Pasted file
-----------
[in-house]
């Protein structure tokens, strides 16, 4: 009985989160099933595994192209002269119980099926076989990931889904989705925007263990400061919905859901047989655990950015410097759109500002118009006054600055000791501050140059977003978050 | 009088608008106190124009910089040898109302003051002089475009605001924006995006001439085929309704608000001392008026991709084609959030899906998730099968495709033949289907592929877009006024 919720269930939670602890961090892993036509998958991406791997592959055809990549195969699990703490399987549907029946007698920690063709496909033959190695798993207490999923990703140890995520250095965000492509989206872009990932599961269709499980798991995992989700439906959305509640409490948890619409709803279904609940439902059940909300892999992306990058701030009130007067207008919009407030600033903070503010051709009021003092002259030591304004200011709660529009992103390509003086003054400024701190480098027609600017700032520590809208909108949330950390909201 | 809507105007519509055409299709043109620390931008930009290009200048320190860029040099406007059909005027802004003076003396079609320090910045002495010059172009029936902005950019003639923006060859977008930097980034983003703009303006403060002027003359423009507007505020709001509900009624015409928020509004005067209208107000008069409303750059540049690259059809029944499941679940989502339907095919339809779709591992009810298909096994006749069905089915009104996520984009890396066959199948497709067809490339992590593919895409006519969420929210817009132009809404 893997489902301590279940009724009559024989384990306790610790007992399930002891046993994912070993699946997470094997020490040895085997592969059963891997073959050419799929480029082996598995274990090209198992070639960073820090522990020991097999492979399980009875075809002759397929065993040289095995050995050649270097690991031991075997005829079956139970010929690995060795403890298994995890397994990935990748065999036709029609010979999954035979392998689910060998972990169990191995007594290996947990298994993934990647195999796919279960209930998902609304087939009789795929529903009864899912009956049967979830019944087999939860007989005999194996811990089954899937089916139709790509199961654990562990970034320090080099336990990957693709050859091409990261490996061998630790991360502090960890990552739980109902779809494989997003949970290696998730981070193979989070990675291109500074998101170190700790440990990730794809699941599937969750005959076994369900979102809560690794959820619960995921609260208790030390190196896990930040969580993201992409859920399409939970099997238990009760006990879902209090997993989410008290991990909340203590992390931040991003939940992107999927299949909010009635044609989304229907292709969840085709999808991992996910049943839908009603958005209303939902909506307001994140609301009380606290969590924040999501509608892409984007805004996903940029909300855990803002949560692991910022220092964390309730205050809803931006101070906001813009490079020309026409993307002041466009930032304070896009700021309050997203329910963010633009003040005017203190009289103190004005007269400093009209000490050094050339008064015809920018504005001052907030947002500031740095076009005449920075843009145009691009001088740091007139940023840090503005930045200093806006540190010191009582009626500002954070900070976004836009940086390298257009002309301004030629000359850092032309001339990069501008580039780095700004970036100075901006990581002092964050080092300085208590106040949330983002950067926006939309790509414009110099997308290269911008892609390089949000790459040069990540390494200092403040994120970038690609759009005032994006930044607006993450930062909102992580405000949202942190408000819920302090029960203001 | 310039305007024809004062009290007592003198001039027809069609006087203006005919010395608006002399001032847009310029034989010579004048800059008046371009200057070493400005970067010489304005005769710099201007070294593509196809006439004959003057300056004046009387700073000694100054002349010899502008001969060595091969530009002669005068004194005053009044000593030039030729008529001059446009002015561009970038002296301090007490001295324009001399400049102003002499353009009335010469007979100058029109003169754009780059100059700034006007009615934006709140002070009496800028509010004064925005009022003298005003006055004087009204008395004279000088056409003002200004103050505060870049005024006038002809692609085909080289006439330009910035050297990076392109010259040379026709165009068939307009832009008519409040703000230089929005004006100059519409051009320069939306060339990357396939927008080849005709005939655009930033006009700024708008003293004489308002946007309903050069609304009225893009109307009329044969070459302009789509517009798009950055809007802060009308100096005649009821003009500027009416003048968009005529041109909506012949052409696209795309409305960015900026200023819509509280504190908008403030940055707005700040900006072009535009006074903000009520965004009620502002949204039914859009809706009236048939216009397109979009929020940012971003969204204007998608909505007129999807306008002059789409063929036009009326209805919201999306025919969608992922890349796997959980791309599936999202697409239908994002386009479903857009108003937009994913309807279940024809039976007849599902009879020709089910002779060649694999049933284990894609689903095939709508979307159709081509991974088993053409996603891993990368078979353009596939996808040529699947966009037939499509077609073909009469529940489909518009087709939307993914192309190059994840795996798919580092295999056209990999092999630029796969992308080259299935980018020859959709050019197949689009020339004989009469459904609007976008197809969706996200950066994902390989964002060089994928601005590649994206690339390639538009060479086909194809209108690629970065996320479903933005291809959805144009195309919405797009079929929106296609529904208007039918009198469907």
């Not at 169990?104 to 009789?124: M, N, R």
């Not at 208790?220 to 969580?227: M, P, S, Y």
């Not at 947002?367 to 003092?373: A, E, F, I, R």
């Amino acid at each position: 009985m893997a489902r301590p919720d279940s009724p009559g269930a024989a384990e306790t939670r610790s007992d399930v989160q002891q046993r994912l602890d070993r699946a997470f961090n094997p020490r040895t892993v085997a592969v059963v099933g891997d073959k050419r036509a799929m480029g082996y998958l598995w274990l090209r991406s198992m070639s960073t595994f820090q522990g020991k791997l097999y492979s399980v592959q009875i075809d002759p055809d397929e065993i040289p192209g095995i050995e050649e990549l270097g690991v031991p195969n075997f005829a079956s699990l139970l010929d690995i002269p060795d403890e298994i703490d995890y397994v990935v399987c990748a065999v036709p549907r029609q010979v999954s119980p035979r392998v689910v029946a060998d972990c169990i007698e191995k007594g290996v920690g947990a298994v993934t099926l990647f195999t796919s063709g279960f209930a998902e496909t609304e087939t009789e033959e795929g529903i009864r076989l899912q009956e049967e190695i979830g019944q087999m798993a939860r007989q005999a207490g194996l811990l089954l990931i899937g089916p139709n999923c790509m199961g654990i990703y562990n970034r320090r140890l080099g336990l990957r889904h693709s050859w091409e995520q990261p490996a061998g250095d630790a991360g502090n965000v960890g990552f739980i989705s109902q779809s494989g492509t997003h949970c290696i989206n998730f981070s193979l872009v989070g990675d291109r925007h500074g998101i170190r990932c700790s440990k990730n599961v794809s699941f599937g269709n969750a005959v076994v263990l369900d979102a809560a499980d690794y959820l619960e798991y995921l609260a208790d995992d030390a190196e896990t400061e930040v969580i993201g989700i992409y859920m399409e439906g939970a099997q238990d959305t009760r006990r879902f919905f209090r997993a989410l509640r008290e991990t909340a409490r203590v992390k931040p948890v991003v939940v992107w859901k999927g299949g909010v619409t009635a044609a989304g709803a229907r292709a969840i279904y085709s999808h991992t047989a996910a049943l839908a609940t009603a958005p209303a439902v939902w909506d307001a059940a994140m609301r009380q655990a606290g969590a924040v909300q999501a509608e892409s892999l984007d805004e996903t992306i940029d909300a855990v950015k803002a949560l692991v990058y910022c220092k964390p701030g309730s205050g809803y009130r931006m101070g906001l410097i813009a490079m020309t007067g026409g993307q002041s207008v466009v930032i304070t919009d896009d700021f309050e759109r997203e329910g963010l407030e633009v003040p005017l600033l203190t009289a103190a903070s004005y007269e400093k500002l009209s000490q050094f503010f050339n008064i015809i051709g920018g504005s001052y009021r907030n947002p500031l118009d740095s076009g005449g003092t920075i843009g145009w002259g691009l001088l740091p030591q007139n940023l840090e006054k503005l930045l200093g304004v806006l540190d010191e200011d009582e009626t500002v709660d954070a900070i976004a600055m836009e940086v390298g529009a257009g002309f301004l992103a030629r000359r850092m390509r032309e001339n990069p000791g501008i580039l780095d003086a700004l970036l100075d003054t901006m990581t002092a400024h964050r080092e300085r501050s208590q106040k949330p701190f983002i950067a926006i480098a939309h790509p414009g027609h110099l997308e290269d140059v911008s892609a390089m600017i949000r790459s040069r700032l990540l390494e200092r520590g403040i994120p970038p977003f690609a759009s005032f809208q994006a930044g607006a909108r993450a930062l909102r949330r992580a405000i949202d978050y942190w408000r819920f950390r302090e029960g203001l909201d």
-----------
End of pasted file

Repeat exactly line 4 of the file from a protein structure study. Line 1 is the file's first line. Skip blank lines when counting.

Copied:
């Not at 208790?220 to 969580?227: M, P, S, Y």